Thank you to the organisers for gathering us here today to highlight this important issue, and important day.
Events like this, and the overall contribution of civil society are a valuable part of our joint efforts, including in the Working Group on Children and Armed Conflict.
Norway is committed to ensuring the meaningful participation of civil society and academia in our work.
And I am glad to join you in a national capacity today.
Every year, thousands of children who have been recruited and used by armed forces or groups are released without any safety net to assist and protect them.
Governments are increasingly treating children affected by armed conflict as criminals and security threats.
And in conflicts involving designated terrorist or violent extremist groups, governments have become more likely to detain children than to provide them with rehabilitation and reintegration.
Children formerly associated with armed forces or groups require survivor-centred, and gender-sensitive reintegration support that is addressed to their individual needs.
The importance of psychosocial support cannot be overestimated.
Reintegration programmes should be long-term and sustainably funded.
And we must raise awareness and work with communities to avoid stigmatization of these children.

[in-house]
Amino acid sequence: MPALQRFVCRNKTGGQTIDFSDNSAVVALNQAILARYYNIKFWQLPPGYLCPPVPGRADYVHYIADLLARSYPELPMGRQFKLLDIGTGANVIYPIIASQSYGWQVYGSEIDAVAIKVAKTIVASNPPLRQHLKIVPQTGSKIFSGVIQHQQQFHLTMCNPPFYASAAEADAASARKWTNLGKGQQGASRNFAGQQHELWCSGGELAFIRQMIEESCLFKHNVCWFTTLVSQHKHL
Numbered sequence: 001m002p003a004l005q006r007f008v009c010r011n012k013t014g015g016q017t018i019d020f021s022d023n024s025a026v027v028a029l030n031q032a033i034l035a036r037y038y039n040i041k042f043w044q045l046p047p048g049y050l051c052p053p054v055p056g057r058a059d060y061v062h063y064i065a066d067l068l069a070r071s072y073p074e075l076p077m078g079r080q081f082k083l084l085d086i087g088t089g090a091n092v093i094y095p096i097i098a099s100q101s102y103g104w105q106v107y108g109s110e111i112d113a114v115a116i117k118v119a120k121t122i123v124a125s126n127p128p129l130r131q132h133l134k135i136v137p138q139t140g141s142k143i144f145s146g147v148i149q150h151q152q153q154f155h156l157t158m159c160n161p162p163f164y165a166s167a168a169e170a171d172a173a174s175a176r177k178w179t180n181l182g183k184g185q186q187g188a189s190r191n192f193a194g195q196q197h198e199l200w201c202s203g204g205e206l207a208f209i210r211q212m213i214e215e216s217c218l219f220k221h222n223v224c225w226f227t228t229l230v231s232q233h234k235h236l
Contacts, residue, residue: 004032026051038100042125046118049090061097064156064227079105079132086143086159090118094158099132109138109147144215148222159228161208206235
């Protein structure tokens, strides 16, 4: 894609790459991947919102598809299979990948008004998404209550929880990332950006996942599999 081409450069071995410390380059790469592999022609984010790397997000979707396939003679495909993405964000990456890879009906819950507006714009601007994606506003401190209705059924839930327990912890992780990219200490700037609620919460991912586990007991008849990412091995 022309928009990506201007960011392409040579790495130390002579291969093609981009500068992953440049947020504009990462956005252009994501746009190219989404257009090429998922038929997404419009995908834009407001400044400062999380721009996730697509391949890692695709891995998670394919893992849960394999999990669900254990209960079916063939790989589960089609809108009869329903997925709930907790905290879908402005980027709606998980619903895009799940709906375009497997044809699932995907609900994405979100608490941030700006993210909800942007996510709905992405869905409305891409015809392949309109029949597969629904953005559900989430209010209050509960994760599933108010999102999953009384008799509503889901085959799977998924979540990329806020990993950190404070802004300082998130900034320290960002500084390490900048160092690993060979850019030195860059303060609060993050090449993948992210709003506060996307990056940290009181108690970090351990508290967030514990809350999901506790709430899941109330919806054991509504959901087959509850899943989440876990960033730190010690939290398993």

Above all, non-custodial measures should always be sought.
This applies to all children under the age of 18, including those associated with non-state armed groups.
Handover protocols can be a useful measure to avoid detention of children, and we support their use.
They are a practical tool of the CAAC agenda, and they enable the UN to engage directly and constructively with governments.
Engaging with governments to end the detention of children is a crucial step towards their successful reintegration.
It is also an important contribution to building sustainable and peaceful societies.
Colleagues, I would also like to highlight the role of education.
Safe access to quality education is both a protective and a preventive measure. And is key in the reintegration process.
It anchors children in the local community, provides skills and prospects for the future.
The endorsement and implementation of the Safe Schools Declaration is an important avenue to achieve this.
Norway really welcomes discussions like this one here today.
To bring together the humanitarian-development-peace nexus, and to promote youth participation towards more sustainable, and successful, reintegration.
May Red Hand Day remind us all that children should be children, not soldiers.